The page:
Multi‐parametric quantification of directed cell migration
A main goal of our approach was to quantify the key parameters of chemotactic movement from a single experiment. By tracking cells from frame to frame, we measured cell movement vectors that allowed us to measure cell speed and direction. To quantify cell direction, we measured the angle between the cell movement vector and an optimal direction vector pointed toward the gradient center (Fig 2A). We computed a related “angular bias” parameter (90 minus the movement angle), such that random migration will give a mean angular bias value of zero, and a value of 90 indicates maximal directionality. The projection of the cell movement vector onto the optimal direction provides an alternate measure of chemotaxis (directed speed), with units of distance over time.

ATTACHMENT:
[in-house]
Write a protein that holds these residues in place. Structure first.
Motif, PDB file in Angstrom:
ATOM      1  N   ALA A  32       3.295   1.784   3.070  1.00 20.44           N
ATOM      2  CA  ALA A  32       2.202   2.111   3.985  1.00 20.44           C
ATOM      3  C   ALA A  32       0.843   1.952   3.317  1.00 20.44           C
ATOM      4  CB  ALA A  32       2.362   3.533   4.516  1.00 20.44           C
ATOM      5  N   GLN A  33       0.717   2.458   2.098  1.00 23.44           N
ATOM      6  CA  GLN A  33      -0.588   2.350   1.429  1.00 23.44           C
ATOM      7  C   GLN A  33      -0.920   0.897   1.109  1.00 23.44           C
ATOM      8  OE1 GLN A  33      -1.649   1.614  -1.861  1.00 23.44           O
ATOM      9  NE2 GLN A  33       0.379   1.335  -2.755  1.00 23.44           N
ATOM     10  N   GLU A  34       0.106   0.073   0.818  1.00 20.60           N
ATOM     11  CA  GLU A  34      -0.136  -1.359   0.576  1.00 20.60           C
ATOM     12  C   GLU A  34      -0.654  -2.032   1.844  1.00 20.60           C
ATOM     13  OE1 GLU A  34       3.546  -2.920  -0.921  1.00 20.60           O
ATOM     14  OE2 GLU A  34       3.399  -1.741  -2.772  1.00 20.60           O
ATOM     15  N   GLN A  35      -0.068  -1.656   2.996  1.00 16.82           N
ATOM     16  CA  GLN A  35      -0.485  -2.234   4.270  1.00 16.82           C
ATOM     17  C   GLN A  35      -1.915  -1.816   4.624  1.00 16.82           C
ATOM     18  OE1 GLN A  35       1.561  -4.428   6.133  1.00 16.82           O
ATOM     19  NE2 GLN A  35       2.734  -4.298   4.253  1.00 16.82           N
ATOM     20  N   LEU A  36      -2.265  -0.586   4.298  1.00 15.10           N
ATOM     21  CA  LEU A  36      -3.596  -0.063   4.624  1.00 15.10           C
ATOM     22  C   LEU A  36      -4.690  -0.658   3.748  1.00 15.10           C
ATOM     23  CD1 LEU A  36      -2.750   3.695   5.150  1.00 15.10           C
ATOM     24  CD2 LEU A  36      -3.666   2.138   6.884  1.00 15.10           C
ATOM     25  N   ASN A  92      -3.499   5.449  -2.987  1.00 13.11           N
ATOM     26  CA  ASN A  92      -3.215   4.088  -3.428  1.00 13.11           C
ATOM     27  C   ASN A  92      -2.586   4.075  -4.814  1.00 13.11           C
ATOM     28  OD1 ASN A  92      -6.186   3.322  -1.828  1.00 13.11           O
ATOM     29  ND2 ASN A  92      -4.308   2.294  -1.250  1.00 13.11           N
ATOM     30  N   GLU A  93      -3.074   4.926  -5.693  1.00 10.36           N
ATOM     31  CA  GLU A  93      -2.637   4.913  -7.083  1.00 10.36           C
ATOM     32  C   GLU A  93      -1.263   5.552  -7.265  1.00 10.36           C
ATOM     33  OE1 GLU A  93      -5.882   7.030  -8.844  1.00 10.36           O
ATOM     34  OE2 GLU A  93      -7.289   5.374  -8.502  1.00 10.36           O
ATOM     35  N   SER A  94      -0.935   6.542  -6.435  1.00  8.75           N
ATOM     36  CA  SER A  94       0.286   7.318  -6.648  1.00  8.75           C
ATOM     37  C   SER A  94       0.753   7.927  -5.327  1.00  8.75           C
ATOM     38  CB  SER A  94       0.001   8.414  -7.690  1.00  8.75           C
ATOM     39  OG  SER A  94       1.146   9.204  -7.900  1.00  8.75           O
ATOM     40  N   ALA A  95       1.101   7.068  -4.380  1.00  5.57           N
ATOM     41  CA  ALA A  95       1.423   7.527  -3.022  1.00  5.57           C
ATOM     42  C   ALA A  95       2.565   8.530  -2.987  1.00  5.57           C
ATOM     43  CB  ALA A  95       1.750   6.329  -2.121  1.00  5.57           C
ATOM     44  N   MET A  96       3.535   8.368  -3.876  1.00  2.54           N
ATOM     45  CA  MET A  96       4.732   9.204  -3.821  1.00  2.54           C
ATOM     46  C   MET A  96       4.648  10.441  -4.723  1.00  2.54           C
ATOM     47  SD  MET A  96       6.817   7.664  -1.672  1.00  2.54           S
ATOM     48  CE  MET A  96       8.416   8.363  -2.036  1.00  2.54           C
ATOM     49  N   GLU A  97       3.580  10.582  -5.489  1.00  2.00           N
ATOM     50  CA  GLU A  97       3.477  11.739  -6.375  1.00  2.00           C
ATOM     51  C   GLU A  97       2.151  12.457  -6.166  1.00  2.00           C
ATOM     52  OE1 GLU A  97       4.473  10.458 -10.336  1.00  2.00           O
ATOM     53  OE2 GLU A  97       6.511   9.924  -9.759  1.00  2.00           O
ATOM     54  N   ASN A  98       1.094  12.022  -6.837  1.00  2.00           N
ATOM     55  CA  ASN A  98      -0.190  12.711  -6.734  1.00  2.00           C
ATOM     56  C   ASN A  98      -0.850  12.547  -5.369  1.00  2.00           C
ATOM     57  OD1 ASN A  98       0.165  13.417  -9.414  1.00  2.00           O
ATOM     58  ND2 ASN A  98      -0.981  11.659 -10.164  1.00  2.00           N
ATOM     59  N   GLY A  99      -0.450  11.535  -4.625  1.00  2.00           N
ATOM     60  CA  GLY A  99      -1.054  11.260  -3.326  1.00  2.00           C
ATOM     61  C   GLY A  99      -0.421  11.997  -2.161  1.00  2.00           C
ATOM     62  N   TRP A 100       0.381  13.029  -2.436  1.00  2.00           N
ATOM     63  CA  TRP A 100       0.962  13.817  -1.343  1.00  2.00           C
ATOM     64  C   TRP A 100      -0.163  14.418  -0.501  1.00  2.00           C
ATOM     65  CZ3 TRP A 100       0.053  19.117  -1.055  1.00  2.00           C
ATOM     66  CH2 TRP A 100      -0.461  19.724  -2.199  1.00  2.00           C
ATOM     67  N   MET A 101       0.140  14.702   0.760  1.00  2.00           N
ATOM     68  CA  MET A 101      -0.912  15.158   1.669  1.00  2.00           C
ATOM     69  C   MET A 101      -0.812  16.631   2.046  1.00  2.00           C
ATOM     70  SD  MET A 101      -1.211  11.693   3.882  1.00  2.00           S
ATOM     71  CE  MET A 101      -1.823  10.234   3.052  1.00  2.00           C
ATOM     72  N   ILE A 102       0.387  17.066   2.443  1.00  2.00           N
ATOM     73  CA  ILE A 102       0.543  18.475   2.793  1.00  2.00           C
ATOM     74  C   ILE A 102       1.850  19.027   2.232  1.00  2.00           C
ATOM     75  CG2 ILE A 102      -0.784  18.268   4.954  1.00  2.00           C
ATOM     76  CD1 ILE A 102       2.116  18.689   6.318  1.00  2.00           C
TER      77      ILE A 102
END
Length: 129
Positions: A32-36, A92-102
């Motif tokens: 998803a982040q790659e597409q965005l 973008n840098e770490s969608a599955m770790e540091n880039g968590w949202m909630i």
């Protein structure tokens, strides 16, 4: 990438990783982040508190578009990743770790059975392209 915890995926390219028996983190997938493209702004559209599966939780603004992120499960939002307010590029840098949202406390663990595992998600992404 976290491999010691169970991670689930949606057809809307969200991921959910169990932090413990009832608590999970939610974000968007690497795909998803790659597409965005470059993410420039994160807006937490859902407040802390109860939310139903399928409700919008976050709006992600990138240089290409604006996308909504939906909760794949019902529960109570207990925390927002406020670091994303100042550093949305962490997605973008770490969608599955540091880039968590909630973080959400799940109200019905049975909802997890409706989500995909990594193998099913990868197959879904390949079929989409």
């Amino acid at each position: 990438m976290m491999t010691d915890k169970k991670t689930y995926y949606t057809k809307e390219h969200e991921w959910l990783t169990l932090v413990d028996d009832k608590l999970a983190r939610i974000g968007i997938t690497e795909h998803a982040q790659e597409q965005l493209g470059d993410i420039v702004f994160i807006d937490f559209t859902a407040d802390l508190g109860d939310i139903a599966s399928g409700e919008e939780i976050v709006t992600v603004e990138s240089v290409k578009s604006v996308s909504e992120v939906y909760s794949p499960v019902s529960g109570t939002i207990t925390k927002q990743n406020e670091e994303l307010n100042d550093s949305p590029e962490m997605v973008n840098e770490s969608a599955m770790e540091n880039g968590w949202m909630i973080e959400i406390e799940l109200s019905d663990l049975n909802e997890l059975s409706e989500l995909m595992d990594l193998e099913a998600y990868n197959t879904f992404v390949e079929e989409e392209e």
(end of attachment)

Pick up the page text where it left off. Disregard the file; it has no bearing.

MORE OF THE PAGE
We verified the chemotactic responses by measuring cell speed, directed speed, and angular bias as a function of time relative to gradient generation. We found that rapidly after gradient generation, cells sped up markedly (Fig 2B) and gained a clear directional bias toward the center of the gradient (Fig 2B and C). After about 5 min, the chemotaxis response hit a steady state and was approximately constant for the rest of the experiment. Furthermore, these chemotactic responses increased in a dose‐dependent manner with attractant concentration (Supplementary Fig S1).